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Longshoremen say it’s not a threat, but Seattle tunnel project may force work stoppage at port

The Longshoremen’s Union says it isn’t a threat, but it’s warning the Port of Seattle that container operations at Terminal 46 could be impacted by the Seattle Tunnel Project and the ongoing dispute with work on the dig.

ILWU Local 19 President Cameron Williams says dust and debris from dirt removal at the tunnel site forced union workers to shut down container operations briefly last week.

“For whatever reason there was a plume of dust that was created either by the belt offloading some very fine concrete material or dust coming out of the pit from whatever was taking place in the pit.”

The letter sent by the union to the Port of Seattle could be interpreted as a somewhat veiled threat that union workers might stop operations at the sign of any dust, just to make a point about the ongoing dispute the union is having with tunnel project managers.

But Williams says this is not a threat. It’s about health and safety, “It was like a dust storm that blew a significant cloud across the terminal which halted operations. No one could see what they were doing to perform their necessary operations as far as loading cargo to the vessel.”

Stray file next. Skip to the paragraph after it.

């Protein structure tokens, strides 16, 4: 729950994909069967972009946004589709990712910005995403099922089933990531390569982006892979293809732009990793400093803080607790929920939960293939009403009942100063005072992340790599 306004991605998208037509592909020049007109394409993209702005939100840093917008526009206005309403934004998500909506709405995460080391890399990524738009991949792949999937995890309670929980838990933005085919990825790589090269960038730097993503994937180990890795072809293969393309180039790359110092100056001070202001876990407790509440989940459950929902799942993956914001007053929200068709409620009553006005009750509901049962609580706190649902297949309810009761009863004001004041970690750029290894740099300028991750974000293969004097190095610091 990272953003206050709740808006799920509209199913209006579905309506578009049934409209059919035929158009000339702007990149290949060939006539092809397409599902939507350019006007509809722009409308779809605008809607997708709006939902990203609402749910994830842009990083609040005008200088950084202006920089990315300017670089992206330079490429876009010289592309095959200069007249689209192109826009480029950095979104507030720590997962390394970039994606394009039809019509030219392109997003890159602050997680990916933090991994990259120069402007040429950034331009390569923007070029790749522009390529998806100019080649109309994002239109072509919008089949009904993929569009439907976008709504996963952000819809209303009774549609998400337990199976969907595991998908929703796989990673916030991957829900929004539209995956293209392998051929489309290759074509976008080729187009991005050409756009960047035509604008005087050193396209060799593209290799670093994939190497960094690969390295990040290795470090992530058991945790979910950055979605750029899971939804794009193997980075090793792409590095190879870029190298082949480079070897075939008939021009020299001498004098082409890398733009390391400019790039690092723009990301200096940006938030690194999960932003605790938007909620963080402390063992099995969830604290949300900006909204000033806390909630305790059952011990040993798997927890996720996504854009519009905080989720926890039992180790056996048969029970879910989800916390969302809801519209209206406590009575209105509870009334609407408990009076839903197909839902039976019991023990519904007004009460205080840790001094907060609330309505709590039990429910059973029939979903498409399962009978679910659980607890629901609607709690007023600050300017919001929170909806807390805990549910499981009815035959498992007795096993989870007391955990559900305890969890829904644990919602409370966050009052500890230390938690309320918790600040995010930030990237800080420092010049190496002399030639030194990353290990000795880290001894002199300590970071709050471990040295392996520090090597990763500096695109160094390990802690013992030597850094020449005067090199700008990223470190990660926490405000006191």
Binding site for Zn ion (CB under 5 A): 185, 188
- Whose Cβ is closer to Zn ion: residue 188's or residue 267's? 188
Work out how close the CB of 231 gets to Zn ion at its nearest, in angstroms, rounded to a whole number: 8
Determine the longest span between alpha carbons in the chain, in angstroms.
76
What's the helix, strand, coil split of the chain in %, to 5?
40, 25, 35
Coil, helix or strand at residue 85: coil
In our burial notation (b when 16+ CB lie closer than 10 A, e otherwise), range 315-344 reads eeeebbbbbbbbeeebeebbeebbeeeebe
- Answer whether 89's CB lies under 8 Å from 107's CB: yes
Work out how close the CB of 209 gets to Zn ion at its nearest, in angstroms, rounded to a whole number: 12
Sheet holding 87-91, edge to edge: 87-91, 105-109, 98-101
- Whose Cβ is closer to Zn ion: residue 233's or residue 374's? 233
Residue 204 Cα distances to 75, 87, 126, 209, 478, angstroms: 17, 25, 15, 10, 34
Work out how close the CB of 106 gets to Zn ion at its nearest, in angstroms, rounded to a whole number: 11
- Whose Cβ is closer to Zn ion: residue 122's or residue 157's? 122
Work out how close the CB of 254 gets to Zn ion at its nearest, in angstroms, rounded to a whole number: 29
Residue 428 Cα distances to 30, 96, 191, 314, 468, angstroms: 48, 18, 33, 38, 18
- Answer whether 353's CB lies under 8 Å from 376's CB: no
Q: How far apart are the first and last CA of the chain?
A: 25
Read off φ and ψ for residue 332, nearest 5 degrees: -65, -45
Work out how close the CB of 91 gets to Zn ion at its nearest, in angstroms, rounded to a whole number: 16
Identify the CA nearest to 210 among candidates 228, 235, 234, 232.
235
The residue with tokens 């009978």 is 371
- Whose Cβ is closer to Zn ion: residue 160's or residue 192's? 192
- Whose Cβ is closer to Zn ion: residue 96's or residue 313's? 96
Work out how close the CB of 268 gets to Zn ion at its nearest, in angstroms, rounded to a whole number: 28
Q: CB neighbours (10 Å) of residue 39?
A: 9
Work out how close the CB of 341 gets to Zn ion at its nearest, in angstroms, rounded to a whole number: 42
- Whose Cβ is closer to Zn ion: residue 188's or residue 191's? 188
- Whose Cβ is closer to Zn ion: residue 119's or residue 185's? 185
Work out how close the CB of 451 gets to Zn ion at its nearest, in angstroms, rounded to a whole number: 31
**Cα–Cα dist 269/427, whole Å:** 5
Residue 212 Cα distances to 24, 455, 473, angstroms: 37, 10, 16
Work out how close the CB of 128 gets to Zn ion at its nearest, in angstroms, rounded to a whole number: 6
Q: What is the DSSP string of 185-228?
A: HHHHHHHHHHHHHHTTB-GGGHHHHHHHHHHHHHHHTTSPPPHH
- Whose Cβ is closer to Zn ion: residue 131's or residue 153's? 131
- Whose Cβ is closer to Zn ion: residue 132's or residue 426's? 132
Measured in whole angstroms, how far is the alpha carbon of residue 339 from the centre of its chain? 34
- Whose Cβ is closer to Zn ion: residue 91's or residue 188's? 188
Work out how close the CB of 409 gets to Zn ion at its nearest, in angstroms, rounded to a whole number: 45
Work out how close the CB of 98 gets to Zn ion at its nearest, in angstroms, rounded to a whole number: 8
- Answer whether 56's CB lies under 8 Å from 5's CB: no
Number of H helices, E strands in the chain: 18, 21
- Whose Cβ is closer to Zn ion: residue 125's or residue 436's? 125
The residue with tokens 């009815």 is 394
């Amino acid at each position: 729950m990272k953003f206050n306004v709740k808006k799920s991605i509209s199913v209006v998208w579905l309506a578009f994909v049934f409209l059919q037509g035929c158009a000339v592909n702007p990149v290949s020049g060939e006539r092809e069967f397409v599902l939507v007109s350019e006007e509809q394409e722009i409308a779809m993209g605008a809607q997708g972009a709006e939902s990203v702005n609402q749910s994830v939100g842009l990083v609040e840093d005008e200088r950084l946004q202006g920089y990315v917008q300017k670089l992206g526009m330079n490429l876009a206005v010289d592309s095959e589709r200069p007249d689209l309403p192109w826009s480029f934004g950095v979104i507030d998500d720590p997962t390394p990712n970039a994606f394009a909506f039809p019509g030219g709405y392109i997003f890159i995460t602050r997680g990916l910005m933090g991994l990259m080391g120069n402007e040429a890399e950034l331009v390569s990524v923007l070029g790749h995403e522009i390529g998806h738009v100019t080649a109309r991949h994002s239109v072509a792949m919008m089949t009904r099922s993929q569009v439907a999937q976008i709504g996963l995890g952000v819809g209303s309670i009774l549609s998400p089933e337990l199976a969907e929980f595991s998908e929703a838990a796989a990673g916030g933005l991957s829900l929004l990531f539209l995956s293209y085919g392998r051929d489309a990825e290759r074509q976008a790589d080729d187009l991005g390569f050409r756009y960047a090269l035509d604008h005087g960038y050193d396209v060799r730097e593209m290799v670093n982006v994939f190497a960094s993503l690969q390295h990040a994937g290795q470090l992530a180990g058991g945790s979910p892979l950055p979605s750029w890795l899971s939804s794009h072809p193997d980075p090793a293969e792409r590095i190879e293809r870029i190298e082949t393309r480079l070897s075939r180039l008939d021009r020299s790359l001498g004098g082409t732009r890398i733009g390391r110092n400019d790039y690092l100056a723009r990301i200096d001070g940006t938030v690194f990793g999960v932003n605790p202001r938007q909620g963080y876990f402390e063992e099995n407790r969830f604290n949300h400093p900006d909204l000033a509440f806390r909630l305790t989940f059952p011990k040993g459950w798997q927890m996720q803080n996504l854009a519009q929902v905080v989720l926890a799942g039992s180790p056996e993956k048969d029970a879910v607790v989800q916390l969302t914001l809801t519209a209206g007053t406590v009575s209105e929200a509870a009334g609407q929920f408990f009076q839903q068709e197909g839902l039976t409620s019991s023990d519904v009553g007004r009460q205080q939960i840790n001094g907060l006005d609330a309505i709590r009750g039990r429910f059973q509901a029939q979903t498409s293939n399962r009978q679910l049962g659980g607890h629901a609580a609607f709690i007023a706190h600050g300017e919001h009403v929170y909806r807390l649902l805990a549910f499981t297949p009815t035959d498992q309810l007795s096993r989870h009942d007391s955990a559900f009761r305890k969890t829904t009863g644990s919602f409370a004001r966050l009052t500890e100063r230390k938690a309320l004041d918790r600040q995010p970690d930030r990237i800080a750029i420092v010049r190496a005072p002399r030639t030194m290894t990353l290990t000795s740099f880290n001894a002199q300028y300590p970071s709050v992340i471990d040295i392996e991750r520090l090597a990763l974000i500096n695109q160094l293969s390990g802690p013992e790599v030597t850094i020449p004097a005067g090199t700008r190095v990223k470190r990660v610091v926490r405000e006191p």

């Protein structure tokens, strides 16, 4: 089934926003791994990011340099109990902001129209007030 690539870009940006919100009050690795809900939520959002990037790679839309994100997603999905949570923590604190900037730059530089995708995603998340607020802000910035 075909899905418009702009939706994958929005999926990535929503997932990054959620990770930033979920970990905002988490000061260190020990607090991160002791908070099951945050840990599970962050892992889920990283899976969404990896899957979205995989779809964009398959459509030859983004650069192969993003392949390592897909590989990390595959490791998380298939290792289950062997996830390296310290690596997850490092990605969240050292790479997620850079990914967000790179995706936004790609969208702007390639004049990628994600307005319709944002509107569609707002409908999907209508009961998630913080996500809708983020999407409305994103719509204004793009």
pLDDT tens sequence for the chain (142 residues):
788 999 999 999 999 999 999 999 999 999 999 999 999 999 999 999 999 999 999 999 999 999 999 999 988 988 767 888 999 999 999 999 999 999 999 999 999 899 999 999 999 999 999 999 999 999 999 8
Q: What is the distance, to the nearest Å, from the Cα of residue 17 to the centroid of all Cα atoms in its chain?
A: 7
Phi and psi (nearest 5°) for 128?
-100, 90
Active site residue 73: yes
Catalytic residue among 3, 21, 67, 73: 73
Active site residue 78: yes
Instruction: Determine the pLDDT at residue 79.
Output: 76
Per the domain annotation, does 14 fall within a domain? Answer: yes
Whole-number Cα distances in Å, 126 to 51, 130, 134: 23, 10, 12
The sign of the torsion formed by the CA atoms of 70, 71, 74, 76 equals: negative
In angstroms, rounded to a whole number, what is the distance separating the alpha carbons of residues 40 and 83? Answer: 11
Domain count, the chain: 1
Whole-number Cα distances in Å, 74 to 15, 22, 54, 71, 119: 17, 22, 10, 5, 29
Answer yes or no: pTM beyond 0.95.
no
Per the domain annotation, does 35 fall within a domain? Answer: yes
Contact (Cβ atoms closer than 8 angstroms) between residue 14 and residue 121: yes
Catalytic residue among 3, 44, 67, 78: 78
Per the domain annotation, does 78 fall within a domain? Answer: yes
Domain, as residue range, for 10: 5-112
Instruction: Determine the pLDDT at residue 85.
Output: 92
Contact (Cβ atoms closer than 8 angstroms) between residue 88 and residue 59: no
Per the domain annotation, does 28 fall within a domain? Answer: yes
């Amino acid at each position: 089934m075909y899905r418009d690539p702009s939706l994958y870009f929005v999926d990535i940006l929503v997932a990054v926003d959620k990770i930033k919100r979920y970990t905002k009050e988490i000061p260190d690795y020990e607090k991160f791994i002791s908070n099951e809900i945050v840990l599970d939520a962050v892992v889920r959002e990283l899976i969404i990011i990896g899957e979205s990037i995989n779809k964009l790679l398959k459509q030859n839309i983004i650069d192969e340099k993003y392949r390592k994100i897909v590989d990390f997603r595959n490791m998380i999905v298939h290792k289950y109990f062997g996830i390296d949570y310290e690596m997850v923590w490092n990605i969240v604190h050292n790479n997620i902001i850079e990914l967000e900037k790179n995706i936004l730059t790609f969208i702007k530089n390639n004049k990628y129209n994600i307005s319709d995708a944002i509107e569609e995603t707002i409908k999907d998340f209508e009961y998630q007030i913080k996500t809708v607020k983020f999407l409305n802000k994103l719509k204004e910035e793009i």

The union is currently feuding with Seattle Tunnel Partners over four jobs on the dirt removal from the tunnel site. The union says the project managers signed an agreement to give them the jobs but then failed to follow through. Seattle Tunnel Partners says they were forced to sign that deal under duress.

The union has been picketing the site for over a week.

The National Labor Relations Board is considering several complaints against the ILWU, filed by other unions, which is highly unusual.

Williams says it is what it is. “The objective for the ILWU was to preserve traditional longshore work. It’s unorthodox for other unions to file those claims and charges against the unions – but that’s the case in this matter.”

The longshoremen are asking the Port of Seattle and the Seattle Department of Transportation to get involved now to force the Seattle Tunnel Partners to hire its employees.

But for now, the Port’s Jason Kelly says it’s staying out of this dispute. “This is an issue between the Seattle Tunnel partners and the labor on the project. This is an issue we’re watching closely, but ultimately it’s Seattle Tunnel Partners and WSDOT that need to resolve the situation.”

Digging on the tunnel could be forced to stop within a few weeks if this labor dispute continues. Workers are running out of room on Terminal 46 to put the dirt.

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